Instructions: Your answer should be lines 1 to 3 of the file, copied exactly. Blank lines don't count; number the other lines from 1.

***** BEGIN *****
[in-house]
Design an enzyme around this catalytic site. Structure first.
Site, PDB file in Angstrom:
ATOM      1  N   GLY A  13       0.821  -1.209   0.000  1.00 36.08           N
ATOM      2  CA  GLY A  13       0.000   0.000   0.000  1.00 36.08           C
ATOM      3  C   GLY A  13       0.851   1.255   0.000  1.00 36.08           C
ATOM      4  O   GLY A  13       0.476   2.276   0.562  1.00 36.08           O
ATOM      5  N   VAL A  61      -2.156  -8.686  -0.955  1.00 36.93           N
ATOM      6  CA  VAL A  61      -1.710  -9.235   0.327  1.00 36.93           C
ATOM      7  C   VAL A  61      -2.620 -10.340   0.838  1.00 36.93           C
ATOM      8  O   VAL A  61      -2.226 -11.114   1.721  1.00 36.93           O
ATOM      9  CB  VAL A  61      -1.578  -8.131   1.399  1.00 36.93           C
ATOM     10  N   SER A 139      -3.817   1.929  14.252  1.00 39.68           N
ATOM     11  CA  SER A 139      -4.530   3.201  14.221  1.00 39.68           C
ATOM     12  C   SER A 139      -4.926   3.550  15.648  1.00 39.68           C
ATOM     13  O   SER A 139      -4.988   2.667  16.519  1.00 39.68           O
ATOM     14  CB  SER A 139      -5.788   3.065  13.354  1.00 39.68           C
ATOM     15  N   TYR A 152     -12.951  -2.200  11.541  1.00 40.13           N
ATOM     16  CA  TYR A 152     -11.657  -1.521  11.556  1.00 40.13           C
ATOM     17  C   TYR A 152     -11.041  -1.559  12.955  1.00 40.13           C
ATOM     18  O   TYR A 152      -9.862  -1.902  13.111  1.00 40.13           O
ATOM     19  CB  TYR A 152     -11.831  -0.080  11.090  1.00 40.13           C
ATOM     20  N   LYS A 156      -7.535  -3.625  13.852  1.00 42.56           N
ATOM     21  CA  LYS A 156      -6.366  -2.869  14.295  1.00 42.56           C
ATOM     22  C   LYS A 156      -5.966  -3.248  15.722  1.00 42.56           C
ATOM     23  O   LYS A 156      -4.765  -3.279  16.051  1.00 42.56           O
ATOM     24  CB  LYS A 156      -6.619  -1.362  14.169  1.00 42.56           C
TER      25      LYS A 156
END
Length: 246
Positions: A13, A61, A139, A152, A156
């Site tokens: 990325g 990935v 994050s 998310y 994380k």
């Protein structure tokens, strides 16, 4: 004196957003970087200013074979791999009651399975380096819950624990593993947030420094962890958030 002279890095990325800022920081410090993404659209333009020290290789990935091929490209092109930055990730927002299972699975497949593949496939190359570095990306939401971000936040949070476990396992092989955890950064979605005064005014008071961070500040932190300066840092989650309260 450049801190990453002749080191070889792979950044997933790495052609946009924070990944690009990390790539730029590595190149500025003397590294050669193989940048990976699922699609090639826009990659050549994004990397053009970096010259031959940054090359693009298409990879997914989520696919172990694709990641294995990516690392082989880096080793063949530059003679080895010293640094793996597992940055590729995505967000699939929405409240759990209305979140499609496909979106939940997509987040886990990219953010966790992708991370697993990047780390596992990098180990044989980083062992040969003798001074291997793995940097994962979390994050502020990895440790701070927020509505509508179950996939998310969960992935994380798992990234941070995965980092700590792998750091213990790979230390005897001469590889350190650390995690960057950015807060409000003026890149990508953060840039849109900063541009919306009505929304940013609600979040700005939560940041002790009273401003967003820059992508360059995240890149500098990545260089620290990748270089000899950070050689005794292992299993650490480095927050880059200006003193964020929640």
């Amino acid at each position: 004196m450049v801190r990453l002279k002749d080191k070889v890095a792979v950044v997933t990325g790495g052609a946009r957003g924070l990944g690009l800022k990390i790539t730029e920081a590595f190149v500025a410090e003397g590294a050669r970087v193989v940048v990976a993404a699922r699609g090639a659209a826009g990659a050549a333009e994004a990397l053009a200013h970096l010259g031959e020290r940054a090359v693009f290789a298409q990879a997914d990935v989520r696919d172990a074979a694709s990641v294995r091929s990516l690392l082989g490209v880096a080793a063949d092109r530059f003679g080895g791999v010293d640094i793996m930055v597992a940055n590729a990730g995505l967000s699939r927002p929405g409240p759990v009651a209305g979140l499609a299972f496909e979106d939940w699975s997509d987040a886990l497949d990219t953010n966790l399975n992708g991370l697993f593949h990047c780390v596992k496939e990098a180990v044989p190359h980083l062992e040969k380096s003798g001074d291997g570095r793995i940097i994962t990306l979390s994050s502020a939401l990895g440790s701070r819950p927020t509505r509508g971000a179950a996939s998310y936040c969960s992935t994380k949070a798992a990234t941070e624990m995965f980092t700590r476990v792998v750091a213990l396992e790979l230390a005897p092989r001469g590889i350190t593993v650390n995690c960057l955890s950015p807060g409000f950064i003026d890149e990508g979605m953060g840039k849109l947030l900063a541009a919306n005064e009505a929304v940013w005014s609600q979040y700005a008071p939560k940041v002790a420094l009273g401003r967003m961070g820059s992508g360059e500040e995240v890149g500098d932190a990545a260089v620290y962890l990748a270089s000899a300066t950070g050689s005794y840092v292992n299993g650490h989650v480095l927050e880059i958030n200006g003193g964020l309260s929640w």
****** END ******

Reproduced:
[in-house]
Design an enzyme around this catalytic site. Structure first.
Site, PDB file in Angstrom: